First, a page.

by Kallan Dana
We walk through the backstage dressing rooms, the walls of which are adorned with wide, hanging mirrors. Lascivious dancers heckle and flirt with us as we pass them. We move past the front of the stage, through the club’s café area (the stage floor is covered with two-seat tables, lit by candlelight). We breathe in the smoky air and look through the haze of the venue to see scantily-clad Kit Kat Klub employees wandering around us, surveying and sometimes speaking to us. A band, located on the side of the stage beneath an awning, and led by music director and pianist Casey Reed, plays joyful, jazzy music as the crowd funnels in. The Emcee (Julian Tushabe ’21) steps centerstage, framed in spotlight, and begins the show by singing “welcome,” first in German, then French, then English.
We are not totally untethered from our reality. While some audience members sit at the café tables, directly beneath a small proscenium, the majority are in the same red-cushioned seats that fill up the majority of the JKB mainstage. We see our own modern dress in opposition to the ’20s look of the Kit Kat Klub performers and patrons, all scantily-clad in costume designer Sam Garwood’s pieces: white and cream slips, tight suspenders, vests with nothing underneath. Their pinned-up and slicked-back hairstyles, designed by L. Esther Hibbs ’20, and rouged cheeks and lips (makeup design by Emily Cross ’19 and Megan Muratore ’19) further separate our modern audience from the performers.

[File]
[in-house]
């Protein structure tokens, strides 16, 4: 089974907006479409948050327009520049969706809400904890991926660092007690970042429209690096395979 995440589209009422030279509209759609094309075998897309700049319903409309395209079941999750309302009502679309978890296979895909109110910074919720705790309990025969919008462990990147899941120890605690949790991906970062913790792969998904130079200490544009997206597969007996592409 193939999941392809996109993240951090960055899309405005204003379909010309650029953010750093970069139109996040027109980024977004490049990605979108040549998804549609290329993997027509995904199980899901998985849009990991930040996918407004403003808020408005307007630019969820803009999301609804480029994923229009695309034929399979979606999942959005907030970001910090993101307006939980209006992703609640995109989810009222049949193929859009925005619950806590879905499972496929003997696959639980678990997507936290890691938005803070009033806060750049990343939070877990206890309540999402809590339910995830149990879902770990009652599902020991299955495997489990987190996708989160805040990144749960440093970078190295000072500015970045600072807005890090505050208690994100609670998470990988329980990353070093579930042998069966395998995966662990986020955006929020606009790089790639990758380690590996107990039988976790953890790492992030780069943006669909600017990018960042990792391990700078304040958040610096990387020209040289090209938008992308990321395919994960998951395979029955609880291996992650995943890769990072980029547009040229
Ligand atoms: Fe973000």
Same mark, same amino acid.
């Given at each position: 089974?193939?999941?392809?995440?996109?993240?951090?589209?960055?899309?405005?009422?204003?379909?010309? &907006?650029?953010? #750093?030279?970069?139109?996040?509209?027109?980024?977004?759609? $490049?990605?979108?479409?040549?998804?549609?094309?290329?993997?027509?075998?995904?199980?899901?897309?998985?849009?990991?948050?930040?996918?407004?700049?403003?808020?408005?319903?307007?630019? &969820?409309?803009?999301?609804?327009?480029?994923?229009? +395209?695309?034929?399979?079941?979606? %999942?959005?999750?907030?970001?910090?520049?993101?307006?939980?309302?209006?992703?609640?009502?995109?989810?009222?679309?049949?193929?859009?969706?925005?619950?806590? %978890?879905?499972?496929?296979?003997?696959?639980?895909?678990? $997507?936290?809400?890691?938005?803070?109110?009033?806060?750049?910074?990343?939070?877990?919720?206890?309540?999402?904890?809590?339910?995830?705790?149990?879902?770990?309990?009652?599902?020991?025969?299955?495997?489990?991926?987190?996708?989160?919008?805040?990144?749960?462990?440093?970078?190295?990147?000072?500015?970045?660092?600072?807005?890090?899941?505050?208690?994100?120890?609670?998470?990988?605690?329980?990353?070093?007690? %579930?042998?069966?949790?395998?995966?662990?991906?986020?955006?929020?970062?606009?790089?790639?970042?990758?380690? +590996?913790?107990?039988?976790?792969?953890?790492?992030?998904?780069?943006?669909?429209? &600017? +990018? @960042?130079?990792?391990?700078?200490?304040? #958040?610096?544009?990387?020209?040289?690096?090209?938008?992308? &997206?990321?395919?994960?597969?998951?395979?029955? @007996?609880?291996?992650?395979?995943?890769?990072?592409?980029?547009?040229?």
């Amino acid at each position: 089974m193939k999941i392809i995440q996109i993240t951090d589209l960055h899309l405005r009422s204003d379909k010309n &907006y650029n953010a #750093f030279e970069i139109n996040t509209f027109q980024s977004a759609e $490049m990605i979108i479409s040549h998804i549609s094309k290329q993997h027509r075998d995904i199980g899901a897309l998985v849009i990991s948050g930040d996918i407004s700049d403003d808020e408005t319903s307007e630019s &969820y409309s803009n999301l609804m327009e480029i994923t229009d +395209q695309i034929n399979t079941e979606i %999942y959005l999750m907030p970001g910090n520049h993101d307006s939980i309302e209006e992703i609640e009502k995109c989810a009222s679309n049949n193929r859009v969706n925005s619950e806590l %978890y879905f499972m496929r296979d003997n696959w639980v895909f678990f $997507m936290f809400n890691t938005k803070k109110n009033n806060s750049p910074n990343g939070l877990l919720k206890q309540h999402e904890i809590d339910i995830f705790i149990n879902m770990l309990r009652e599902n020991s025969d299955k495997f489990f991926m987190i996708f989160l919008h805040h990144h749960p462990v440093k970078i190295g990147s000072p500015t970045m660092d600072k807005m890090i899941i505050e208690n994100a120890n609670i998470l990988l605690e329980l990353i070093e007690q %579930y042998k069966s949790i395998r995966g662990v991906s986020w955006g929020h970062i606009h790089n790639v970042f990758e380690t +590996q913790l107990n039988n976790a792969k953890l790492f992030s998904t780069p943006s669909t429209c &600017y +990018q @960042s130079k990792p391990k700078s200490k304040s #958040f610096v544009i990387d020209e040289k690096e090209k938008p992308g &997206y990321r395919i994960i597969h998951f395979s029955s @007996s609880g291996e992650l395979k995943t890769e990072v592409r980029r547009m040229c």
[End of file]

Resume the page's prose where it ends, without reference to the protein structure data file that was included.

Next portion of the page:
Yet at the same time, the Emcee speaks to us as though we are right there, at the German club, nearly a century in the past, imbibing the delights of the venue and ignoring the outside world. Our oscillating perspective on the performance–we are both watching song-and-dance spectacle numbers in the 1929 Berlin Kit Kat Klub and also witnessing the next plot point in Cabaret the musical–places us in an ambiguous territory. How much should we allow ourselves to be entertained by the musical numbers unfolding? At what points should we be more critical of what we see?
Spliced together with the grand musical numbers set within the Kit Kat Klub are the stories of two intersecting couples. The first is the American writer Cliff Bradshaw (Spencer Evett ’21) and Sally Bowles (Jessie March ’21), British lead singer and showgirl at the club. Both are expatriates, enticed by the thrill of living in Berlin, enjoying the nightlife and scandal of the city. After Max (Caoilin O’Connor ’20) fires Sally from the Kit Kat Club, she barges into the room Cliff is staying in and convinces him and Fraulein Schneider (Annabelle Vaës ’19), the acerbic woman running the boarding house, to let her stay. Fraulein Schneider becomes a member of the second plot-driving couple of the show when the local fruit shop owner, Herr Schultz (Graham Cook ’19), woos her and, in order to preserve her dignity in the face of her boarder and sometimes-nemesis, Fraulein Kost (Bianca Thompson ’19), proposes marriage. As the first act comes to a close, the story seems to be headed for domestic, heterosexual resolutions.